Pushback Mounts Against American Bar Association Plan To Ditch Required Standardized Admissions Testing
Law school deans and LIF head William Jacobson all oppose dropping the LSAT/GRE as making it harder for schools to identify qualified applicants, minority or other. Is that why ABA wants to get rid of it?
Last week, the comment period ended for the American Bar Association’s latest brainchild: ABA – the only federally-recognized law school accreditor – proposed changing its standards to drop the law school admissions test requirement.
We’ve previously written about some of the ABA’s recent efforts to promote Critical Race Theory ideology and maintain “race-conscious admissions policies”:
- American Bar Association Abusing Its Accreditation Power To Force Race-Focused Study On Law Students
- Debate: Should American Bar Association Be Stripped Of Its Monopoly Law School Accrediting Power?
- License to Discriminate? ABA Committee Recommends Eliminating Standardized Testing For Law School Admissions
- Harvard SCOTUS Case: American Bar Association Supports “Race-Conscious Admissions Policies”
- American Bar Association Drops Proposal for Racial Quota System at Law Schools
What could possibly have motivated ABA’s latest proposal? Could it be that LSAT scores provide a reasonably objective measure of ability, and employing them makes it obvious when law schools racially discriminate against applicants? Is it possible that ABA is laying the groundwork to let racial discrimination continue underground, if the Supreme Court should rule that racially discriminatory admissions violate the Constitution’s Equal Protection Clause and federal law when it decides the upcoming cases of Students for Fair Admissions v. Harvard and Students for Fair Admissions v. University of North Carolina?
Understood in the context of ABA’s other recent and proposed standards changes, with the proposed change to Standard 503 the ABA appears to be readying the ground in case the Supreme Court should overrule its decision in Grutter v. Bollinger and hold that discriminatory admissions are legally prohibited. Eliminating objective measures that allow groups to show they are the victims of discrimination would provide cover to conceal the continuation of unlawful discrimination…
After all this time, it is certainly fair to expect that the ABA would provide a good reason for proposing such an important change. Unfortunately, the ABA offers no clear rationale for its proposed revision. It says getting rid of the test “eliminates some of the challenges inherent in determining which tests are in fact valid and reliable for law school admissions.” Is the ABA implying that the LSAT (or GRE) is not “valid” or “reliable”? If so, it fails to explain its basis for doing so (let alone its rationale for its recent approval of the GRE). The ABA has long recognized the LSAT as a valid predictor of an applicant’s ability to complete law school successfully. It must have had a reason for doing so. Doing away with the testing requirement surely deserves a clear explanation and convincing substantive justification, neither of which has been provided.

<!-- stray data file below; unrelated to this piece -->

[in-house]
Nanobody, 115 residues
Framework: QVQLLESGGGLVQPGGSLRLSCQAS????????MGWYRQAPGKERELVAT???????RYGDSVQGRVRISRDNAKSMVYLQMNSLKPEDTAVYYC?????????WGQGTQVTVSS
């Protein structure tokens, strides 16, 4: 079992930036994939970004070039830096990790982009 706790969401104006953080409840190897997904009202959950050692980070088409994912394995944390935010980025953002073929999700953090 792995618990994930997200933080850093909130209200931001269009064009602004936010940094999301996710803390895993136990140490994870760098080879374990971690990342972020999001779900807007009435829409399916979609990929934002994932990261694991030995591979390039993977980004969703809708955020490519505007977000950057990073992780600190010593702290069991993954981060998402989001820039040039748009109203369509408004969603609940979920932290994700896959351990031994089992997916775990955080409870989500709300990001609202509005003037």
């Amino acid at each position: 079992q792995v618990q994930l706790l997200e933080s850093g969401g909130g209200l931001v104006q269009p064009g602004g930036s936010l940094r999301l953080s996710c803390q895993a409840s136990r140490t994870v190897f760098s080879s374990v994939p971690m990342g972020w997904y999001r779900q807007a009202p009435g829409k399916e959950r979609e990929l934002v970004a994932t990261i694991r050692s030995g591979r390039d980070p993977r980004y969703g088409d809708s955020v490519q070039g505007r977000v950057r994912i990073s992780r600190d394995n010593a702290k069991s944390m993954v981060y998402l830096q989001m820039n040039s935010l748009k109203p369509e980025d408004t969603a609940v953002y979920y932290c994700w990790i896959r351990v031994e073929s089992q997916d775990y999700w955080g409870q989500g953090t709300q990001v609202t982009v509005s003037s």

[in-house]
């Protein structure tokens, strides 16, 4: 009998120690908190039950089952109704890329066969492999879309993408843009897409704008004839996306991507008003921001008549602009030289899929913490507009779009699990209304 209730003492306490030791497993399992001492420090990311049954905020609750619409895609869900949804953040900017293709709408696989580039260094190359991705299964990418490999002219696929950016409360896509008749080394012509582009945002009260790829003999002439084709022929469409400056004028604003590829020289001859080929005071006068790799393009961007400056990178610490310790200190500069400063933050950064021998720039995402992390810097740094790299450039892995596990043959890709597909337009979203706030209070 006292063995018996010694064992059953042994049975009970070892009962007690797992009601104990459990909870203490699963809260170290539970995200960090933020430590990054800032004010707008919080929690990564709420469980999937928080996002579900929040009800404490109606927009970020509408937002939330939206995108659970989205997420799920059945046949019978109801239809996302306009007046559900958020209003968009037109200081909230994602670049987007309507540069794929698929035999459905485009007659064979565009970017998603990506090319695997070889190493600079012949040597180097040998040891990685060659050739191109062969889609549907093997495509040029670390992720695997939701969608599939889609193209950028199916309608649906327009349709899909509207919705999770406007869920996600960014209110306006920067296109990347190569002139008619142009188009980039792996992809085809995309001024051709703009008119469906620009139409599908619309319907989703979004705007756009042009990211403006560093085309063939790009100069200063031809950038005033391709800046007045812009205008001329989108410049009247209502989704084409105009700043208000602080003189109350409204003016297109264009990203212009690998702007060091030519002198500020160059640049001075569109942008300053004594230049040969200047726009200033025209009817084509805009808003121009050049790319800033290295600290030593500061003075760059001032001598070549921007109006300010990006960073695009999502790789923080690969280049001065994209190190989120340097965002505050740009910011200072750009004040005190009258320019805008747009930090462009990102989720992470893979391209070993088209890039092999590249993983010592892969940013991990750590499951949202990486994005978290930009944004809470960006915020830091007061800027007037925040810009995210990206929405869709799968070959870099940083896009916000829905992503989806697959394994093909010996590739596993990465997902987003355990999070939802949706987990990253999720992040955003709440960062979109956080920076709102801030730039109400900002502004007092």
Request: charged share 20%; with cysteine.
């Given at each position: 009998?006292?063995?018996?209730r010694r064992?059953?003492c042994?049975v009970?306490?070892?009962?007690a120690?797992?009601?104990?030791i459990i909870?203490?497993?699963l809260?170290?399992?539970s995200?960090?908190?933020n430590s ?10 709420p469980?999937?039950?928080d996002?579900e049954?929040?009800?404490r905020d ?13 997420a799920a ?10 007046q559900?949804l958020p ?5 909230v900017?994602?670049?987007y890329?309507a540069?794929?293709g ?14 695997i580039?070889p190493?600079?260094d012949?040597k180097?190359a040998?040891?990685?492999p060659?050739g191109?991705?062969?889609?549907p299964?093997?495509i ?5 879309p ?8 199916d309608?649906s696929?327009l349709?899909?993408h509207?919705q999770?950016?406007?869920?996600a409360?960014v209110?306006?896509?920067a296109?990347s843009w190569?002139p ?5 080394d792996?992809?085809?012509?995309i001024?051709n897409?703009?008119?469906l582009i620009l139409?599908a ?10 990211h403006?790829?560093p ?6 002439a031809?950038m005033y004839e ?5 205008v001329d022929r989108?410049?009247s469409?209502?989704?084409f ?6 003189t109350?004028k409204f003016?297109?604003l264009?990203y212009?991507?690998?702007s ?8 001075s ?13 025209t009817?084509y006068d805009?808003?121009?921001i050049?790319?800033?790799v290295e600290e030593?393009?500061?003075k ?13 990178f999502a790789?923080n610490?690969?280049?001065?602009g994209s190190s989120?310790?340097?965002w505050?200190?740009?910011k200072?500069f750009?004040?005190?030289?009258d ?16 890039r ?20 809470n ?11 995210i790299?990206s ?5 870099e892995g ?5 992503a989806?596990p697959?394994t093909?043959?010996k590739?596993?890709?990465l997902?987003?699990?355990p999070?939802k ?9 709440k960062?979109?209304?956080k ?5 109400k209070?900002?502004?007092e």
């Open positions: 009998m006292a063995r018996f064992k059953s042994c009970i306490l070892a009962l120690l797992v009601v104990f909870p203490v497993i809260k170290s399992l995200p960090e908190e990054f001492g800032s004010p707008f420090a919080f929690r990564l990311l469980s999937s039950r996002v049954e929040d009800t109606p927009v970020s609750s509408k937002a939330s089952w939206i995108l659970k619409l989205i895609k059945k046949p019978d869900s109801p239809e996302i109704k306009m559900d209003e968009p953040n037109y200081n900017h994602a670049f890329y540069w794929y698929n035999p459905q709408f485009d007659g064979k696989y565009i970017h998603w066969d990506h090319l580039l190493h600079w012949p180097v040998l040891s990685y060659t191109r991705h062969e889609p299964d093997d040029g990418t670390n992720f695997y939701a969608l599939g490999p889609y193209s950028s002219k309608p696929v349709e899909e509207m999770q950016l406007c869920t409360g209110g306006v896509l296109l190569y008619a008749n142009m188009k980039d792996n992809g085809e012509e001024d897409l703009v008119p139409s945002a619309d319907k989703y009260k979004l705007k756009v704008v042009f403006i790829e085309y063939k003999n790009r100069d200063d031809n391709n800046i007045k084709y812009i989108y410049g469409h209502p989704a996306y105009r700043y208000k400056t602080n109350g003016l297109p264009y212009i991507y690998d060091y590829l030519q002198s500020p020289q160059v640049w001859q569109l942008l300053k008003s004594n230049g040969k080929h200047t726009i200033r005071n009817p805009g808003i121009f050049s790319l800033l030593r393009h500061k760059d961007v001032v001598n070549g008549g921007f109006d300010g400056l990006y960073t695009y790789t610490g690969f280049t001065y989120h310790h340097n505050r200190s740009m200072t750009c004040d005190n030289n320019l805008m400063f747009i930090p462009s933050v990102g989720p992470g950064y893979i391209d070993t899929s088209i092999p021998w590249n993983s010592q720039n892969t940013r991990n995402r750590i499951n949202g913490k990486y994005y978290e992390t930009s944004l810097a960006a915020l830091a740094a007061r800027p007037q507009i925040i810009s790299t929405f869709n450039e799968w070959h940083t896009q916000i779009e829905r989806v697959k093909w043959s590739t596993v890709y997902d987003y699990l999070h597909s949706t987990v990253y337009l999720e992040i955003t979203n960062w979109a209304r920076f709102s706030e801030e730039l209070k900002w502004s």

Given the timing of the decision and the ABA’s lack of explanation for it, a reasonable conclusion is that the change is related to the ABA’s recent proposed and actual revision of standards regarding law school admissions and so-called diversity, equity, and inclusion education; and to the pending Students for Fair Admissions cases. Providing schools with a way to evade a negative decision in the affirmative action cases is not a legitimate justification for such a testing change.
Apparently motivated by a desire to preserve de facto affirmative action in the face of possible negative judicial decisions, a number of universities and K-12 schools have recently stopped requiring admissions tests. The University of California and California State University systems have also both banned the use of testing in admissions. UC tentatively banned the SAT and ACT in 2020, claiming it would find or design a replacement test. Only after California voters had rejected a 2020 ballot measure to restore discriminatory admissions, which have been illegal in the state since 1996, did UC and CSU scrap any admissions test requirement. By not requiring standardized testing, the California university systems can better conceal policies that discriminate in fact.
The decisions to eliminate standardized testing are unfortunate, given that admissions tests can help both universities and qualified disadvantaged students. A UC faculty senate report concluded that continued use of standardized tests like the SAT and ACT may actually help boost enrollment of disadvantaged students. The Massachusetts Institute of Technology, another school which had suspended its test score requirement for applications submitted in 2020-21 and 2021-22, reinstated the requirement in March 2022. According to MIT’s Dean of Admissions and Student Financial Services Stuart Schmill, the standardized exams are most helpful for assisting the admissions office to identify socioeconomically disadvantaged students who are well-prepared for MIT’s challenging education, but who haven’t had the opportunity to take advanced coursework.
Read Prof. Jacobson’s full comments here.